Yesterday I spent an entertaining and thoroughly messy few hours mucking around with logwood chips and a piece of finely woven silk, in the first stages of my latest plan for world domination – the creation of silk scarves and wraps hand dyed with natural plant colours. Sounds daft, I know, but I love to make things, and I love things to be beautiful, so messing around with plant dyes was an obvious next step for me, being a grubby fingered herbalist.
As to the specifics of mucking around with plant matter, quite a series of steps needed to be undertaken. First, the silk needed to be washed thoroughly to make sure it was clean and had no icky horrible treatments applied to it that would stop the silk from taking up the dye properly. Then it was soaked overnight in the mordant – a mixture of alum and cream of tartar in this particular case. The mordant was dissolved in a little boiling water, then mixed into enough extra water to allow the silk to move in the water bath freely – about three pints did it as I only had about 20g of fabric to dye. The resulting liquid was brought to a simmer and then taken off the heat, before being left overnight and then rinsed thoroughly.
Next, there was the fun job of creating the dye itself. I added the logwood chips to a few pints of water. What was really quite exciting was the fact that the dye started to come out of the chips before I even started to heat the mixture!
After the water was added and the mixture was brought to a boil, the resulting glop started to take on a fantastically occult look, deep indigo purple, with an oily film on the top. Really not very promising looking if I’m honest – it looked rather delightfully vile!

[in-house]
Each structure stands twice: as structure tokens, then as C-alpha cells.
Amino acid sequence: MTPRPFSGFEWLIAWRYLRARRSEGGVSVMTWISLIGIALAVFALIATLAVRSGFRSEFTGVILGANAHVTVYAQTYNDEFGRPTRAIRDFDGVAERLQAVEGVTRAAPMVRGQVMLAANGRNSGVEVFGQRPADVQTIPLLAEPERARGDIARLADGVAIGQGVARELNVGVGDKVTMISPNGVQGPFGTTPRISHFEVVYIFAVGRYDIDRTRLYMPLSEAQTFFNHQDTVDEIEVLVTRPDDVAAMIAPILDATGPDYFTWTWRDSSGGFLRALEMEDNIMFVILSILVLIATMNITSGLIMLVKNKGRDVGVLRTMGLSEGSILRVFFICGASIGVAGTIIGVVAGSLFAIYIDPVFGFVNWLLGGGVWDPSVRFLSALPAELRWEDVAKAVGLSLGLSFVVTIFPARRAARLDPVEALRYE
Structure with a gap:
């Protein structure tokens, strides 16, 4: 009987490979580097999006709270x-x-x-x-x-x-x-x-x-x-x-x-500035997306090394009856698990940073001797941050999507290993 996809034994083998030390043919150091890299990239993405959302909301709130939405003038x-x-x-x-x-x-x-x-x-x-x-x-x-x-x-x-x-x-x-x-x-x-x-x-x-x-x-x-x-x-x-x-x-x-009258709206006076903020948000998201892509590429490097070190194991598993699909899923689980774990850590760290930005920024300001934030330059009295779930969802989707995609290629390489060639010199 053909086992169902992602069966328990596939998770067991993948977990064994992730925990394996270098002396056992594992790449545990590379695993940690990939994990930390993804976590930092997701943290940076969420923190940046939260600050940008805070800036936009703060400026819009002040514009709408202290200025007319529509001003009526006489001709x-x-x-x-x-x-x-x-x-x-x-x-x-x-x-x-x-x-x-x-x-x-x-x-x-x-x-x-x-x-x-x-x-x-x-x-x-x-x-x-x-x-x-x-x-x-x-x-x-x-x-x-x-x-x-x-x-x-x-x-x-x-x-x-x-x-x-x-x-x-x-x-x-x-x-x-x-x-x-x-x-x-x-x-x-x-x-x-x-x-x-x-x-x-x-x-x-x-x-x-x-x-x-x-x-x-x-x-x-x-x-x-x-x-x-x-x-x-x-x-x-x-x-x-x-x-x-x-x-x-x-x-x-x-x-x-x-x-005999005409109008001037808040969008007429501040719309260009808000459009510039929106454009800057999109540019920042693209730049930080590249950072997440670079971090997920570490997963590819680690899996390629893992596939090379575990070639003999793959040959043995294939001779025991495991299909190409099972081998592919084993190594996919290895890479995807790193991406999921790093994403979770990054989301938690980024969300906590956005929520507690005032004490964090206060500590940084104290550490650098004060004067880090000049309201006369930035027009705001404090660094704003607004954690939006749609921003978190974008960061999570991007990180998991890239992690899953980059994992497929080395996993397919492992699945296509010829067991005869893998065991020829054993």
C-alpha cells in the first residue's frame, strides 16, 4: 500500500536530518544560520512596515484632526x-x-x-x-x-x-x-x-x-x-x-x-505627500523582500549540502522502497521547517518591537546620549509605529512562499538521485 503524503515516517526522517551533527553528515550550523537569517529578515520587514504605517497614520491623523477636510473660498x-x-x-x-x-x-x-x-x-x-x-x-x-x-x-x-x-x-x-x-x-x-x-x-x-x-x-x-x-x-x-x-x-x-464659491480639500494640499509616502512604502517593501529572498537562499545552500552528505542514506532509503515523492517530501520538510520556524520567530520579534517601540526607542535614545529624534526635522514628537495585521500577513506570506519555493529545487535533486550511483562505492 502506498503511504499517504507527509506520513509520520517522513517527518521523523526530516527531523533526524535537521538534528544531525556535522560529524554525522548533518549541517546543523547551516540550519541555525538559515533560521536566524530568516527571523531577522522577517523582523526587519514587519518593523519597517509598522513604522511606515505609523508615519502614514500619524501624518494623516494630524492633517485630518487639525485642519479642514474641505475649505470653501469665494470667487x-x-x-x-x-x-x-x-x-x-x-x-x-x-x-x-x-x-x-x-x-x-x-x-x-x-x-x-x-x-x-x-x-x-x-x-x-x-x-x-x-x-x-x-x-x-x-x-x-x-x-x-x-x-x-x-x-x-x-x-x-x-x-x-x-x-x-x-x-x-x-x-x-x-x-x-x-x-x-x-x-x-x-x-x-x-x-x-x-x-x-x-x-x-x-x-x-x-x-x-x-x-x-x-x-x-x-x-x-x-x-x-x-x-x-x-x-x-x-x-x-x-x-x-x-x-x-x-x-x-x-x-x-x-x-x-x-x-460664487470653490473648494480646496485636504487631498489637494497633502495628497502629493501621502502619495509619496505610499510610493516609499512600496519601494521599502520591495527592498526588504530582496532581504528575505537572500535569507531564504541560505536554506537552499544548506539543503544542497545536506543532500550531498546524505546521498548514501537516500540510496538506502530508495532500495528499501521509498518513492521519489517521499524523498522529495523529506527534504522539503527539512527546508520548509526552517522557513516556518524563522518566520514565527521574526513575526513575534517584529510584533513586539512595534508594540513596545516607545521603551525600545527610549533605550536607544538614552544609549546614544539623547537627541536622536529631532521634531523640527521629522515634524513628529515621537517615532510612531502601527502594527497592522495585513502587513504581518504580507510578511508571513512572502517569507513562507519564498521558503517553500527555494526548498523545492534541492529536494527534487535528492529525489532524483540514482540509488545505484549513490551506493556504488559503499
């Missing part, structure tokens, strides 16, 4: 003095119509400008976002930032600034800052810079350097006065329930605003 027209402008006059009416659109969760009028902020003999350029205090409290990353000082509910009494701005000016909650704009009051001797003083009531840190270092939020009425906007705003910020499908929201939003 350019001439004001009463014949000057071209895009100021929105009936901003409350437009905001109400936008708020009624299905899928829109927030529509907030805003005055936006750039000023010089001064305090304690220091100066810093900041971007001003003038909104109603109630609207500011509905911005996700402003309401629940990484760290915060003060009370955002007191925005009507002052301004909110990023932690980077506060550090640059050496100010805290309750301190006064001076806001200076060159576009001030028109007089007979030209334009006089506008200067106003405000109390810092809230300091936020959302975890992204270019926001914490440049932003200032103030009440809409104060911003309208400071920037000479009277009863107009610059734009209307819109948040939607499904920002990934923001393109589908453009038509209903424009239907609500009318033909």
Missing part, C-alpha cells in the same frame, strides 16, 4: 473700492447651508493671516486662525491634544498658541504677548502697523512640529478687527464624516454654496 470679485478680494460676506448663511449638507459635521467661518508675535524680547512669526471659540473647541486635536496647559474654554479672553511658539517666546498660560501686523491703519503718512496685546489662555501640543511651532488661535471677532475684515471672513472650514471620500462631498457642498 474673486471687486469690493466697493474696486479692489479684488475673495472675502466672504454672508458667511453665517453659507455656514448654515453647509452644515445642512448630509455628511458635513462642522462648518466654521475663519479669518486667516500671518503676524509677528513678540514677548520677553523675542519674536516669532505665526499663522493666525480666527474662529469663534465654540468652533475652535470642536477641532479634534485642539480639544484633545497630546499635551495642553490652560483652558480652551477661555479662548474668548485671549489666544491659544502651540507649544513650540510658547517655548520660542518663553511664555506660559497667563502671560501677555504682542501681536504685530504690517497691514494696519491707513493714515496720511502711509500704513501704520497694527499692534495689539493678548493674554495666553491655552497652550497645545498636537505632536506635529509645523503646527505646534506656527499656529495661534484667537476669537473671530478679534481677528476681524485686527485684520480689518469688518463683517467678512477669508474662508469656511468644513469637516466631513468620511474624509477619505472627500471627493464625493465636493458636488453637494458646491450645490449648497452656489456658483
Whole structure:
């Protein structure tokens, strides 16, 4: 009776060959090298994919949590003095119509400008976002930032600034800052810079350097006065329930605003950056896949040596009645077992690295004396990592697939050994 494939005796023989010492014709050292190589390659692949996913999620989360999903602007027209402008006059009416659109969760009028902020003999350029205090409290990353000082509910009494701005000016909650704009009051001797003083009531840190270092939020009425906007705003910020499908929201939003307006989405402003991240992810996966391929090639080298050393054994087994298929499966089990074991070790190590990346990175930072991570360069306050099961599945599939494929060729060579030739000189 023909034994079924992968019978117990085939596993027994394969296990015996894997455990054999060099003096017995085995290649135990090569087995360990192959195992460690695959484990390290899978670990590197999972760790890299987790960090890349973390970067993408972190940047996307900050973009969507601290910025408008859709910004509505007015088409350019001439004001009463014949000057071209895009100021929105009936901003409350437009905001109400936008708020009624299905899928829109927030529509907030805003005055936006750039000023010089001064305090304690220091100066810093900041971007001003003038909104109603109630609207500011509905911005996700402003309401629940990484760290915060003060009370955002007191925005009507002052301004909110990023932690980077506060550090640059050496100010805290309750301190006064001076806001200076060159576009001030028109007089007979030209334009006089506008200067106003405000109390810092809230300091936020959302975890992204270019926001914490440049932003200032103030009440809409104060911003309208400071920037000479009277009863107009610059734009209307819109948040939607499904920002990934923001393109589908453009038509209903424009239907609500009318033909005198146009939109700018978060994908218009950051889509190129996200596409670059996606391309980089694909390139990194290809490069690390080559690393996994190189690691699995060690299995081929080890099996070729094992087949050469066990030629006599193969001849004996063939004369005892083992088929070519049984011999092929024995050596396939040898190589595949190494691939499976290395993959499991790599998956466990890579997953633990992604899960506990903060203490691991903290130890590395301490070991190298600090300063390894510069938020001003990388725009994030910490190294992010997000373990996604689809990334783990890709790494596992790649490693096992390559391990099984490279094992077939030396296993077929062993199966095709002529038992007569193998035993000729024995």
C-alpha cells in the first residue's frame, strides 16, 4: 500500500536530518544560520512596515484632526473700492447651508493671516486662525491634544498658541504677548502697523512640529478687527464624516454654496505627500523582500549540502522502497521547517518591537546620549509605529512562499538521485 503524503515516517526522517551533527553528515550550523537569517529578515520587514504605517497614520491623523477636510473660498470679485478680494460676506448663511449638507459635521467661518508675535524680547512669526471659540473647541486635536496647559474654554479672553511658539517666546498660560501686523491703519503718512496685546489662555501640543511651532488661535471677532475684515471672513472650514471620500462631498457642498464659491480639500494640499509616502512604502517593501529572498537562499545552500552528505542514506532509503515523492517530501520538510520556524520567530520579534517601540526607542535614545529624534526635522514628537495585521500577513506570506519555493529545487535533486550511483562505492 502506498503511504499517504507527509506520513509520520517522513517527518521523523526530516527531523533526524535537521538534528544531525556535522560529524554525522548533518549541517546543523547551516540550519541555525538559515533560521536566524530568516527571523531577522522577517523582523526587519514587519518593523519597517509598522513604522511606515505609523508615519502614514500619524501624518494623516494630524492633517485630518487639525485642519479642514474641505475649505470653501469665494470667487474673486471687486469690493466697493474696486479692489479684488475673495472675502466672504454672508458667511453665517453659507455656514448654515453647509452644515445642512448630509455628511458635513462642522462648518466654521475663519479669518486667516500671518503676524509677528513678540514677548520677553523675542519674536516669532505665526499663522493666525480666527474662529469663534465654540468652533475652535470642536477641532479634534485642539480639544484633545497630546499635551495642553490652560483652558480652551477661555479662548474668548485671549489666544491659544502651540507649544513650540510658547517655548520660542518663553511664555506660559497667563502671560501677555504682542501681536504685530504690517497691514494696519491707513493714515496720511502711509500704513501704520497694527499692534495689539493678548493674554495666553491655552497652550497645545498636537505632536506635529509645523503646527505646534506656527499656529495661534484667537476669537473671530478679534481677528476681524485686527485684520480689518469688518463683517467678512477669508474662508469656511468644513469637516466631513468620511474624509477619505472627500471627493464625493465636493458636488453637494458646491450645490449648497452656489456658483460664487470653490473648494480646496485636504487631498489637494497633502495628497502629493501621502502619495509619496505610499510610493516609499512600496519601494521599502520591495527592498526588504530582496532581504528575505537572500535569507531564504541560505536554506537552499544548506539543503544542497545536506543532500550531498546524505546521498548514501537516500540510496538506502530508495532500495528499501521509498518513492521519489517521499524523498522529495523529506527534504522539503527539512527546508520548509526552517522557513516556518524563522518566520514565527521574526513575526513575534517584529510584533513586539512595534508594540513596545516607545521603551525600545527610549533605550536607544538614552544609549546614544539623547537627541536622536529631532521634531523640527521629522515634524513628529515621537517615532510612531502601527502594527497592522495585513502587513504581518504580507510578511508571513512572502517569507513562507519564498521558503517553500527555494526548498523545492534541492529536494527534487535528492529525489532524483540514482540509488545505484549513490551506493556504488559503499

Matters were very much improved, however, after an hour of simmering followed by an hour of steeping, then the glop was passed through a sieve and the resulting liquid revealed its rather stunning colour – and oh my Gods was it worth the fuss! The resulting liquid was the most incredible deep, rich plummy indigo, with reddish tones – absolutely delightful, and best of all, the logwood chips can be dried and re-used! At this point, I was positively itching to get the silk dunked into the dye and see what the results would be!
I think the silk must have been just itching to clamber into the dye because as soon as the tiniest corner of it touched the dye, the colour started to wick up the fabric. Of course, the silk still being damp would have helped! The resulting colour was a rich plummy indigo almost the same sort of colour as ripe blackberries, and was absolutely delicious! I brought the whole thing back to a simmer, and then took it off the heat and let it sit for 45 minutes. The resulting silk was nearly black when I first took it out of the liquid, and about a half hour of frantic rinsing washed out a seemingly never ending stream of slowly fading dye. I put the silk on the radiator after about a half hour because the water seemed to be running clear, only to discover, ten minutes later, that purple water was now trickling down the metal work… oh dear. Even worse – when I took the silk off and started to rinse it again, I found that the dye had actually stained the metal! Note to self – don’t do this again. As charming as the colour is, patches of dye on the metal work is not such an attractive thing… Still, another half hour of rinsing, and then I put the silk back on the radiator on top of a towel. This time it seemed to be ok – the only problem was the interminable wait until it dried!
In actual fact, the silk didn’t take long to dry at all, being such a light weave, and revealed a gorgeous deep midnight indigo colour. The resulting fabric is now being made into a long scarf or wrap, with silver and blue beading at each end – I’ll post a picture of the resulting garment when it’s done. More silk has been ordered, and further experimentation and dubious brewing will ensue – though the big question now is whether to use the logwood chips again and leave the silk in the dye for only ten minutes, in the hopes of a lighter colour, or use madder root instead, which apparently will yield a rich, deep pink colour with alum. Decisions, decisions…